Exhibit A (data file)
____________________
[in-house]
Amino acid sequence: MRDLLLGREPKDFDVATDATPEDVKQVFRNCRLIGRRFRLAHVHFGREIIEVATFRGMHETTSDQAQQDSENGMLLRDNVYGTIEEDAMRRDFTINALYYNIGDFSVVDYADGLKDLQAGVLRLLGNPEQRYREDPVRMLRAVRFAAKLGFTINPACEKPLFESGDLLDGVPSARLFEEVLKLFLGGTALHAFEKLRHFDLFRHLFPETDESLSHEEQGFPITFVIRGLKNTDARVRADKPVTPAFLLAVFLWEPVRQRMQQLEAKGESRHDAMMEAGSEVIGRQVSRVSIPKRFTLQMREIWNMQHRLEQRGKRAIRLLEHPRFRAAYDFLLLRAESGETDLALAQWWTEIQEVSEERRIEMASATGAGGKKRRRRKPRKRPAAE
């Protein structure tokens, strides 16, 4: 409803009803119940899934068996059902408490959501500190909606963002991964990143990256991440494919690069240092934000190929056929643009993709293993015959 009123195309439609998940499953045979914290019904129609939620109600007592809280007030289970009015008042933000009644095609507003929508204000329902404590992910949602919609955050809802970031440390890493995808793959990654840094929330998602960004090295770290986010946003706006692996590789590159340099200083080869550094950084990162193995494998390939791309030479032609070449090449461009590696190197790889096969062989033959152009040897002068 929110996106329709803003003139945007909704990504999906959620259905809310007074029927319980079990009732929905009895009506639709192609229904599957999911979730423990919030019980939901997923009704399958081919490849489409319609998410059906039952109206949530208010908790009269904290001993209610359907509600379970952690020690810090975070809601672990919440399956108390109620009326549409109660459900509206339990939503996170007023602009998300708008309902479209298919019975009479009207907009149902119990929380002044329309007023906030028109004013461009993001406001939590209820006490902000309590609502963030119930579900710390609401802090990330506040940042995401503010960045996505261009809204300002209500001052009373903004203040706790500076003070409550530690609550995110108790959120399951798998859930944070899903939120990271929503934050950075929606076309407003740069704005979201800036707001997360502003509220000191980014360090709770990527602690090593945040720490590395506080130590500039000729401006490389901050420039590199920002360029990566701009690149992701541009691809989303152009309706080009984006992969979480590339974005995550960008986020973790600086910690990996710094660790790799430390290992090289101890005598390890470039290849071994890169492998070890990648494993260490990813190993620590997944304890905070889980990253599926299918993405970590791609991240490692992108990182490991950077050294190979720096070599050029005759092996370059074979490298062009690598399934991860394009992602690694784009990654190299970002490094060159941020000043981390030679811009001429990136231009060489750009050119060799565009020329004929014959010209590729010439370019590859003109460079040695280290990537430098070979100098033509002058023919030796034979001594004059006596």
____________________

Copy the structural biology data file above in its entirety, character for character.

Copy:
[in-house]
Amino acid sequence: MRDLLLGREPKDFDVATDATPEDVKQVFRNCRLIGRRFRLAHVHFGREIIEVATFRGMHETTSDQAQQDSENGMLLRDNVYGTIEEDAMRRDFTINALYYNIGDFSVVDYADGLKDLQAGVLRLLGNPEQRYREDPVRMLRAVRFAAKLGFTINPACEKPLFESGDLLDGVPSARLFEEVLKLFLGGTALHAFEKLRHFDLFRHLFPETDESLSHEEQGFPITFVIRGLKNTDARVRADKPVTPAFLLAVFLWEPVRQRMQQLEAKGESRHDAMMEAGSEVIGRQVSRVSIPKRFTLQMREIWNMQHRLEQRGKRAIRLLEHPRFRAAYDFLLLRAESGETDLALAQWWTEIQEVSEERRIEMASATGAGGKKRRRRKPRKRPAAE
């Protein structure tokens, strides 16, 4: 409803009803119940899934068996059902408490959501500190909606963002991964990143990256991440494919690069240092934000190929056929643009993709293993015959 009123195309439609998940499953045979914290019904129609939620109600007592809280007030289970009015008042933000009644095609507003929508204000329902404590992910949602919609955050809802970031440390890493995808793959990654840094929330998602960004090295770290986010946003706006692996590789590159340099200083080869550094950084990162193995494998390939791309030479032609070449090449461009590696190197790889096969062989033959152009040897002068 929110996106329709803003003139945007909704990504999906959620259905809310007074029927319980079990009732929905009895009506639709192609229904599957999911979730423990919030019980939901997923009704399958081919490849489409319609998410059906039952109206949530208010908790009269904290001993209610359907509600379970952690020690810090975070809601672990919440399956108390109620009326549409109660459900509206339990939503996170007023602009998300708008309902479209298919019975009479009207907009149902119990929380002044329309007023906030028109004013461009993001406001939590209820006490902000309590609502963030119930579900710390609401802090990330506040940042995401503010960045996505261009809204300002209500001052009373903004203040706790500076003070409550530690609550995110108790959120399951798998859930944070899903939120990271929503934050950075929606076309407003740069704005979201800036707001997360502003509220000191980014360090709770990527602690090593945040720490590395506080130590500039000729401006490389901050420039590199920002360029990566701009690149992701541009691809989303152009309706080009984006992969979480590339974005995550960008986020973790600086910690990996710094660790790799430390290992090289101890005598390890470039290849071994890169492998070890990648494993260490990813190993620590997944304890905070889980990253599926299918993405970590791609991240490692992108990182490991950077050294190979720096070599050029005759092996370059074979490298062009690598399934991860394009992602690694784009990654190299970002490094060159941020000043981390030679811009001429990136231009060489750009050119060799565009020329004929014959010209590729010439370019590859003109460079040695280290990537430098070979100098033509002058023919030796034979001594004059006596």